The need to repair the ageing water infrastructure sitting in cities like Los Angeles is becoming more and more acute. Utilities are increasingly concerned about the lifespan of their systems and how quickly parts of it will need to be replaced. Mark Gimson, a regional sales director at Singer Valves, tells Fluid Handling International that the company can provide a ‘complete solution’ by combining water infrastructure with technology.
According to Gimson, Singer is always looking to improve valve performance and implement ideas generated from customer experience, focusing on research and development to stay ahead of their needs.
Across industry, more is demanded for less. Singer’s customers are getting less in their budget, using ageing infrastructure and seeing a growing lack of water in some regions—making running a water utility more difficult. To address this suppliers don’t just offer equipment, but help their customers understand the problem and work out a solution.
“If we can feel their pain and fully understand their challenges, then we are able to provide valuable insight and the best solution specific to their situation,” says Gimson.
Clients can assume that new water plants and expanding distribution networks are the solution to these troubles. But Gimson says that reducing leakage rates alone can ‘dramatically’ improve water supply.
In South Africa, Cape Town is experiencing an ongoing water shortage, with the crisis at one point threatening to completely deprive the city of water. The city has identified twenty-five pressure management zones that will benefit from pressure management control valves over the next three months, says Gimson. Savings for these zones has been estimated at around 12 million litres per day.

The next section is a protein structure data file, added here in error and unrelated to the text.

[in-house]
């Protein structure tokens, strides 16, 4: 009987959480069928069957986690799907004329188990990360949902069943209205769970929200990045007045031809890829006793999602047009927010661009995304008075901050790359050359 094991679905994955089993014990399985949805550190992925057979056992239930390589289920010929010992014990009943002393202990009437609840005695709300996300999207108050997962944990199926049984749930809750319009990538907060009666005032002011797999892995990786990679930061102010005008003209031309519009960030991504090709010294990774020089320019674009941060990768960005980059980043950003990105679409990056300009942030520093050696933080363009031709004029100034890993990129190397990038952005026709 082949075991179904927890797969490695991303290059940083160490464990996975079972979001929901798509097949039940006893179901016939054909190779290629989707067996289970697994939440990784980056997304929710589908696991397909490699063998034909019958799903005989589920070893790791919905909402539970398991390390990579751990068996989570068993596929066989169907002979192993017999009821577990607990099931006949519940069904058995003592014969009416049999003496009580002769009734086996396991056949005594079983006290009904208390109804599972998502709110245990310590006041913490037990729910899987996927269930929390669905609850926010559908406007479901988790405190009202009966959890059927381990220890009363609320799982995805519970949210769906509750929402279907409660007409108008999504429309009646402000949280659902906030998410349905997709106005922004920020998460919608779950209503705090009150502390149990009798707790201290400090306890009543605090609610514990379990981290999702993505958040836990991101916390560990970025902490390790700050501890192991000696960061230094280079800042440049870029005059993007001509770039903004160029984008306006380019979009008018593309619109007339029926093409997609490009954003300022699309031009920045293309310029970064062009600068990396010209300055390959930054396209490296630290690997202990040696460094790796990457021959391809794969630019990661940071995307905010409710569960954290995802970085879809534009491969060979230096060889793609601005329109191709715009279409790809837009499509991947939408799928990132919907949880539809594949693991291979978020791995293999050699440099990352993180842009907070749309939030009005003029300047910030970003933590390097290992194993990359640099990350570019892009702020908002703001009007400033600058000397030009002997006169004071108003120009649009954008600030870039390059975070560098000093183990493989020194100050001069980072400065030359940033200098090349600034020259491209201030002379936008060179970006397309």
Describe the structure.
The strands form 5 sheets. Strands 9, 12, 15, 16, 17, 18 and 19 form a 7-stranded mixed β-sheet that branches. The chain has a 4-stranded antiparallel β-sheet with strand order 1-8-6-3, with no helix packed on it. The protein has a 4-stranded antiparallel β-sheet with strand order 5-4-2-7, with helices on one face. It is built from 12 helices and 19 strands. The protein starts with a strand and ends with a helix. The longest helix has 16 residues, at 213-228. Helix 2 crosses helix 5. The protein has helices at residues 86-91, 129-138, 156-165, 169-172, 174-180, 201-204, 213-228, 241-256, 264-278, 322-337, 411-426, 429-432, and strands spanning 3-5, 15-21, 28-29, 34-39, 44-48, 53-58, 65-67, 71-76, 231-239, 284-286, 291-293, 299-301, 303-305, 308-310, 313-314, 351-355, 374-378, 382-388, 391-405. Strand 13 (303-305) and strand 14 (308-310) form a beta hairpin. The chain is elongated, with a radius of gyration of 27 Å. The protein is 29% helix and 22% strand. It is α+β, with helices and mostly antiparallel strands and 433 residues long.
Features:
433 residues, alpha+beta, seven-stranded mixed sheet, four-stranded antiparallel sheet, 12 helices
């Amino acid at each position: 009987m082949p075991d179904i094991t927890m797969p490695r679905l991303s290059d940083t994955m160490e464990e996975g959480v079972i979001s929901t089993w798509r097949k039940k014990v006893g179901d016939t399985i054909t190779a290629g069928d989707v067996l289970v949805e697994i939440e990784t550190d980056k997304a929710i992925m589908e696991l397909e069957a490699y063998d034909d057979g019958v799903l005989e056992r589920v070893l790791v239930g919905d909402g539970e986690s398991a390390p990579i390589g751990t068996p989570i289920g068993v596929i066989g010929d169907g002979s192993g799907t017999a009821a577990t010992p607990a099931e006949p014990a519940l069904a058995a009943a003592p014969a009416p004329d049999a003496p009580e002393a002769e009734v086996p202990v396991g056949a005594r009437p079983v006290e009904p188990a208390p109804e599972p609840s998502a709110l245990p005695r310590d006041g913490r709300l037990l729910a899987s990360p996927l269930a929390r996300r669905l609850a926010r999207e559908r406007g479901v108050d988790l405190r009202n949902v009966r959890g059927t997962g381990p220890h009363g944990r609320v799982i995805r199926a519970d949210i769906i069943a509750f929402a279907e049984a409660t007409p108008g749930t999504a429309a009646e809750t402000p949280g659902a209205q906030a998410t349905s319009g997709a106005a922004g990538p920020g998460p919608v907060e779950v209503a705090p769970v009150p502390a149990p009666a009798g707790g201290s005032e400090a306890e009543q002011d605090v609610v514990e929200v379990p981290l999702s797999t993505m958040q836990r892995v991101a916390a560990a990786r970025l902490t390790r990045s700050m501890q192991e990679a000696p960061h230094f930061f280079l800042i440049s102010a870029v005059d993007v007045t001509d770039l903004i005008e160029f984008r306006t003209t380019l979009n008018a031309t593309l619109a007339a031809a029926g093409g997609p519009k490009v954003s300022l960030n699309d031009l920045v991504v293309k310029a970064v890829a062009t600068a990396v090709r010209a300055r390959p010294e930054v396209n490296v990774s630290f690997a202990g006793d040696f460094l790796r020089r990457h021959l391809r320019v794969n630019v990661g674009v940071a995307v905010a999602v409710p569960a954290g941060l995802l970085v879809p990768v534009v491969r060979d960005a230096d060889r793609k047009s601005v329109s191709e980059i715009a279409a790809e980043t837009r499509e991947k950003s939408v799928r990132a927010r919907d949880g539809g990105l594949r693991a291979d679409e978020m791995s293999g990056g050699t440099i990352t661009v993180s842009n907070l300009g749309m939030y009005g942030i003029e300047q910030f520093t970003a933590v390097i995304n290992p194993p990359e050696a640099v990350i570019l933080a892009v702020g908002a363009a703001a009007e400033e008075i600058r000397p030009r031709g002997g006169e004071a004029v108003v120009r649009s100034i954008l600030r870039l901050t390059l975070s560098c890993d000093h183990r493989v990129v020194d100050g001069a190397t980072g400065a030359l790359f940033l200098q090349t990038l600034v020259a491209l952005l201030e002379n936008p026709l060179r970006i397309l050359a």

Along with doing more with less, much of the economy is moving over to ‘smart’ solutions, the same is happening for valves. Gimson sees it in the context of smart cities: those with, among other things, interconnected infrastructure and resource management. A smart valve, for example, could measure flow and take pressure readings, giving operators more information on which to act.
Automation is also a part of this idea: “As labour costs increase and utilities have to do more with less, it makes perfect sense to automate. We have seen this in simple ways such as control valve pilot systems mounted in above-ground kiosks [to] avoid the necessity for multiple staff to climb into confined spaces to check on valves. Automation of some tasks just makes sense.” This move makes even more sense in context of the prevailing skills shortage in technical fields.
Gimson says the bottom line is that the public needs to understand the costs of providing water, a difficult task considering that potable water is taken for granted in much of the world.
“Most utilities are under pressure to give quality drinking water at lowest price possible and at 24/7 availability. Everyone expects their water to be readily available and potable.
“This will become more and more of a challenge as our networks age and costs keep rising. Water is finally starting to get the respect it deserves but educating the public to see that all of that comes at a price is a challenge.”
As costs grow for utilities and demand for freshwater increases, anxieties over supply are bound to grow and changes by consumers—like those made in Cape Town—more urgent.